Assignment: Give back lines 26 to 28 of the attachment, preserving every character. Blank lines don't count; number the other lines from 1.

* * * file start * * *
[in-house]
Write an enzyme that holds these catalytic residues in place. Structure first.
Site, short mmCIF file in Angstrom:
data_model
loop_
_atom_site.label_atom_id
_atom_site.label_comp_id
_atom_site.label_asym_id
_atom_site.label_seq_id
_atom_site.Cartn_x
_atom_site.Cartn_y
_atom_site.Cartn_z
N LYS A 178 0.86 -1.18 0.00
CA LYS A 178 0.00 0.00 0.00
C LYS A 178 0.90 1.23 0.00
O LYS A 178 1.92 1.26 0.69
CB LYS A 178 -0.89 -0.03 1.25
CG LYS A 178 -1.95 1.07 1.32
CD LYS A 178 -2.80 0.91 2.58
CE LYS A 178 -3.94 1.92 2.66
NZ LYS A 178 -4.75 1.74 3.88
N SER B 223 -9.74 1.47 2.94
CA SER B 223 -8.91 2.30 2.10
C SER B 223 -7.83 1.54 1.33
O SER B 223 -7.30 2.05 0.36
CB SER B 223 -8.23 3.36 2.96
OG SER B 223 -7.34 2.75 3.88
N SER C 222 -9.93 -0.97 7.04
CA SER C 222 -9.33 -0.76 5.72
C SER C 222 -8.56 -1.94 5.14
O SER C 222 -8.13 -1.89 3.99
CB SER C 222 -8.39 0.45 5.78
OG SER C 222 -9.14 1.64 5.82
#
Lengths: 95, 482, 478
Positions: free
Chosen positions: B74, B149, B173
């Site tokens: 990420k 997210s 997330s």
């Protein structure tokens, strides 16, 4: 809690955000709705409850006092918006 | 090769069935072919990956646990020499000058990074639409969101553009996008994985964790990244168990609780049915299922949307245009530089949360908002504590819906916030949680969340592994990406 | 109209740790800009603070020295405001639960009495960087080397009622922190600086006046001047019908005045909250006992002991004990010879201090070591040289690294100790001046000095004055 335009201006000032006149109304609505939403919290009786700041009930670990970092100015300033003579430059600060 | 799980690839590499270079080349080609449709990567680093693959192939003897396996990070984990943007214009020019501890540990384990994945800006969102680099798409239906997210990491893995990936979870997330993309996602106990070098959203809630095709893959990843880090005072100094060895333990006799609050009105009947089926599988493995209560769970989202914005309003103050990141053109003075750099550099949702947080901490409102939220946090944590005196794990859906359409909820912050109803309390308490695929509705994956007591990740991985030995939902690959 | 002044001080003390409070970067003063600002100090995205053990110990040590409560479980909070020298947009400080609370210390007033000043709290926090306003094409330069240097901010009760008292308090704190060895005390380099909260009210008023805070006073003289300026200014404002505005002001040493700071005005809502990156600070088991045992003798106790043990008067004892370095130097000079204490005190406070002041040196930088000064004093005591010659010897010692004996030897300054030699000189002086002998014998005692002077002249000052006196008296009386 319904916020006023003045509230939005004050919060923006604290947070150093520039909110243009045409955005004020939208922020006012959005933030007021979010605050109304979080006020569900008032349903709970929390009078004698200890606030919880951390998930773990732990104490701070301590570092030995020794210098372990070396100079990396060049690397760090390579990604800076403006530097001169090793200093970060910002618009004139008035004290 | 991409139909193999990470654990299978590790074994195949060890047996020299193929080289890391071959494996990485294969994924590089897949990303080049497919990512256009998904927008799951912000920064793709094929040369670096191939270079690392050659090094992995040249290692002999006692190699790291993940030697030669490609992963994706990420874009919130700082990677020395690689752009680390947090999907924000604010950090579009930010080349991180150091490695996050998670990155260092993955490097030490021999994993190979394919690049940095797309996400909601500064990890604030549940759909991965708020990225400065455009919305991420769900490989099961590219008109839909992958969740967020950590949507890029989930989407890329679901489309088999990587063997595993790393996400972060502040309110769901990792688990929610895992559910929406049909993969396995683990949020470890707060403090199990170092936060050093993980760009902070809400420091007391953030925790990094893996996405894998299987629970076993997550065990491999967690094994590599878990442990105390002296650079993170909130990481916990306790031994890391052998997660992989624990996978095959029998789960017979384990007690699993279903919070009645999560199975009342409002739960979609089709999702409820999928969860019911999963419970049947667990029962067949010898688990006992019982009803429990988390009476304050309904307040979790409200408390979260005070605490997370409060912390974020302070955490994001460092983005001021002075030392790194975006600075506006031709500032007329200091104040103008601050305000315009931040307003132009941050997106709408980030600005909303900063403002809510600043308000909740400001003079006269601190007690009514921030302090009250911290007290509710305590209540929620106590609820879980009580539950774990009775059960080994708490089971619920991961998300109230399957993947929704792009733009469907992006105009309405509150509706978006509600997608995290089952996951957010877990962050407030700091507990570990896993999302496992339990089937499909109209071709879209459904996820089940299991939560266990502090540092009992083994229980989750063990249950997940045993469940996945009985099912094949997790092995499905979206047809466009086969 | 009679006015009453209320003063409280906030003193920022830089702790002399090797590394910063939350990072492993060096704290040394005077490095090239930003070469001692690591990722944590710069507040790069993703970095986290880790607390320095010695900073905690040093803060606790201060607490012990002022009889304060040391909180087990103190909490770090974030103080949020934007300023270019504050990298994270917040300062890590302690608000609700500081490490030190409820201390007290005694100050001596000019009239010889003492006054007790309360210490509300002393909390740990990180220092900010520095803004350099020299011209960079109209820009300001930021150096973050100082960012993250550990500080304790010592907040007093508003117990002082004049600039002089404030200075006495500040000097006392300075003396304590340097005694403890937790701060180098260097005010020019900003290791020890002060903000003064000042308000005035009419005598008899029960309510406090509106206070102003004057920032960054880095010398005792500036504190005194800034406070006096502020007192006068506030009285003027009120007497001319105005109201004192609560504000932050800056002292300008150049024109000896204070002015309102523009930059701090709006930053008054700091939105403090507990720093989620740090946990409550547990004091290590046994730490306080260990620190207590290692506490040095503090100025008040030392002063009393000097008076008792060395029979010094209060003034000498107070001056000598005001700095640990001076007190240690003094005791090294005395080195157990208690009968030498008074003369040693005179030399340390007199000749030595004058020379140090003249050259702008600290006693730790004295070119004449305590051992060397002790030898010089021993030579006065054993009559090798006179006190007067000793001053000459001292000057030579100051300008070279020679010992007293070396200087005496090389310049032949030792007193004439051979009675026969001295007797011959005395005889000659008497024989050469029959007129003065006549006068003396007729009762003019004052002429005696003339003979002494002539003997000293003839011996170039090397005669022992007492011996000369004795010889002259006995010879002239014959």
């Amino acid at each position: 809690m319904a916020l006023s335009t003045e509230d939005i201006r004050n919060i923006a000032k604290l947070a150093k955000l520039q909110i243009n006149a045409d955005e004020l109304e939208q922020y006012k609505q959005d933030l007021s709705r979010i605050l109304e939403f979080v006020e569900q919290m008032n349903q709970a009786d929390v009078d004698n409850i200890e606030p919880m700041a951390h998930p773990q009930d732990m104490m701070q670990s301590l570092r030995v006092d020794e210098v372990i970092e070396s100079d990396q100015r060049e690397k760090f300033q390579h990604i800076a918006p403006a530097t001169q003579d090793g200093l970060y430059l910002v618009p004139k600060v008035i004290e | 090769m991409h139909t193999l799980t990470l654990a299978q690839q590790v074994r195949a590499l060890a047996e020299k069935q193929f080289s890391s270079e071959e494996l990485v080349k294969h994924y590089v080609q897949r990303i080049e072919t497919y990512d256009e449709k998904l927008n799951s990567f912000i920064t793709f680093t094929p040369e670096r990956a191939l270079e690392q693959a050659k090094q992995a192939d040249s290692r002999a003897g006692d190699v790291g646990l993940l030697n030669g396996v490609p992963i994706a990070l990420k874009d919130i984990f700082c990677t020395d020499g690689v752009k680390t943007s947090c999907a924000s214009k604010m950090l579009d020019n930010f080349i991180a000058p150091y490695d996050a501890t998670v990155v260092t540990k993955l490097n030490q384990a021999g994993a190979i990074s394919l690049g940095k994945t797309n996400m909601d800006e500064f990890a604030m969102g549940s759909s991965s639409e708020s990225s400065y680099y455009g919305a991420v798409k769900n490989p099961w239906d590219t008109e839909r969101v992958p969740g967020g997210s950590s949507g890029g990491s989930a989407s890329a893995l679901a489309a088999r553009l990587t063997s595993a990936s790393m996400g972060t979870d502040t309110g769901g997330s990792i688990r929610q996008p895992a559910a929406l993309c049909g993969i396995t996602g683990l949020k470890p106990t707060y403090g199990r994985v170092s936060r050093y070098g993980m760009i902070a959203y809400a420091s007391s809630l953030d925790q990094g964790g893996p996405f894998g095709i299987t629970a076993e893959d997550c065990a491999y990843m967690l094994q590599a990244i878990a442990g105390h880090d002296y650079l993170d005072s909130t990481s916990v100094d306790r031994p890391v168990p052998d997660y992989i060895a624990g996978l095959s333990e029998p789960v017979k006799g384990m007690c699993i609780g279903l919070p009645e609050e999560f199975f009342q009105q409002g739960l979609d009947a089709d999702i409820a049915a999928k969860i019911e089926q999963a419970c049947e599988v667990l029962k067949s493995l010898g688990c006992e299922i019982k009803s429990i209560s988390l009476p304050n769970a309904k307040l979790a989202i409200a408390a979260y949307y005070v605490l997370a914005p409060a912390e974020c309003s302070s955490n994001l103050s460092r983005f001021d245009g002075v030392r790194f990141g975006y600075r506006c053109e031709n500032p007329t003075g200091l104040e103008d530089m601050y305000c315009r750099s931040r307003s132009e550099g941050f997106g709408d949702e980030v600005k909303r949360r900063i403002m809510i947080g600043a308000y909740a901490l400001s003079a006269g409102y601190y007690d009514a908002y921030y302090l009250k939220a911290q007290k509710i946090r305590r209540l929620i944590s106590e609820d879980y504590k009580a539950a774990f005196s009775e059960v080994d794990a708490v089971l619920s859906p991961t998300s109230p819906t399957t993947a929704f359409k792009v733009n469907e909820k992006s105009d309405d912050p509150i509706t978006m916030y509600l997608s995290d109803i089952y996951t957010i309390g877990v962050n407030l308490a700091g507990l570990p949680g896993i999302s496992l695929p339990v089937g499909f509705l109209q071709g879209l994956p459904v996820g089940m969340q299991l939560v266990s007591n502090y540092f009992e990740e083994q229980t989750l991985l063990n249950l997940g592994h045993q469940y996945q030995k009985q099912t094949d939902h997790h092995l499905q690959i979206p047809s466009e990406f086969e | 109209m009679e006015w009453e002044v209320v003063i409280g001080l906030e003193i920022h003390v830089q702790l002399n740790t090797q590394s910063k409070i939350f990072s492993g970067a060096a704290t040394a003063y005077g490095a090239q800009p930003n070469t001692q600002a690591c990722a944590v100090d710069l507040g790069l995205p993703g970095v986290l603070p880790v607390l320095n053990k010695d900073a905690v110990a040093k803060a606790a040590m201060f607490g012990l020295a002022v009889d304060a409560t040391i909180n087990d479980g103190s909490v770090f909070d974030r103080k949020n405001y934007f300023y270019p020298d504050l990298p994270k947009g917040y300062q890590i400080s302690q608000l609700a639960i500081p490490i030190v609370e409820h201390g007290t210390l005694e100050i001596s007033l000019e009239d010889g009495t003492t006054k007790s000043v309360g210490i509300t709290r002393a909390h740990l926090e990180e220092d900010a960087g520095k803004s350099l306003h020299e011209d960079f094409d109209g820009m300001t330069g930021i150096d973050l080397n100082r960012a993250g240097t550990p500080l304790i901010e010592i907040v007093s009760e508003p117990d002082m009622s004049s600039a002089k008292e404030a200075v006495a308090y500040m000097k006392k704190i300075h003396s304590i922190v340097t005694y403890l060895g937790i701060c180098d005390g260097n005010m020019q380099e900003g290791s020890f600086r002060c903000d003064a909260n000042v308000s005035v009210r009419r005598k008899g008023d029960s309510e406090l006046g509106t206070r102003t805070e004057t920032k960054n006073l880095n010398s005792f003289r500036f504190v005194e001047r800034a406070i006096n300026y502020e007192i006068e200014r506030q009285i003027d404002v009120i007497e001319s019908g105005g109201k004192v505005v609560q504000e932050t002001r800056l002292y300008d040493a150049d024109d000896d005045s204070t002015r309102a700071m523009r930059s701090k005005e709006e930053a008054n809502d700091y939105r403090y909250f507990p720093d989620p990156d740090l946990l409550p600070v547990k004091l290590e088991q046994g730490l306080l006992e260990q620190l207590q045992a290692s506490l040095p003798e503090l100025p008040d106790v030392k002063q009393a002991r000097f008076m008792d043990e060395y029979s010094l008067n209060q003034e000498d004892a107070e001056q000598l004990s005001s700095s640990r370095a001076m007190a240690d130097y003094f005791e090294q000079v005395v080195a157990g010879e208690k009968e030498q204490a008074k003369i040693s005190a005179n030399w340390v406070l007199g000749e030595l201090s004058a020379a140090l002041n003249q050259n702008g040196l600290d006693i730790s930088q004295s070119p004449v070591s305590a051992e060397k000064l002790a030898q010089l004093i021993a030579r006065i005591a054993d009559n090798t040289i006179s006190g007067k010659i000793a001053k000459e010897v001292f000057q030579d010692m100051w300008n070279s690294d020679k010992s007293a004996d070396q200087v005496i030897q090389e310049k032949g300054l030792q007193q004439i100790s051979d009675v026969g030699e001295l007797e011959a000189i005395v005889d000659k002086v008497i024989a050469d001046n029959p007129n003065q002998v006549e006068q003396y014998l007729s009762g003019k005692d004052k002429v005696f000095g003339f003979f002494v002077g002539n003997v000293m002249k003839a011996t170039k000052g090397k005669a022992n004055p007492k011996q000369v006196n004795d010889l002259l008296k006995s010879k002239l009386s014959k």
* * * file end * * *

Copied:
CB SER B 223 -8.23 3.36 2.96
OG SER B 223 -7.34 2.75 3.88
N SER C 222 -9.93 -0.97 7.04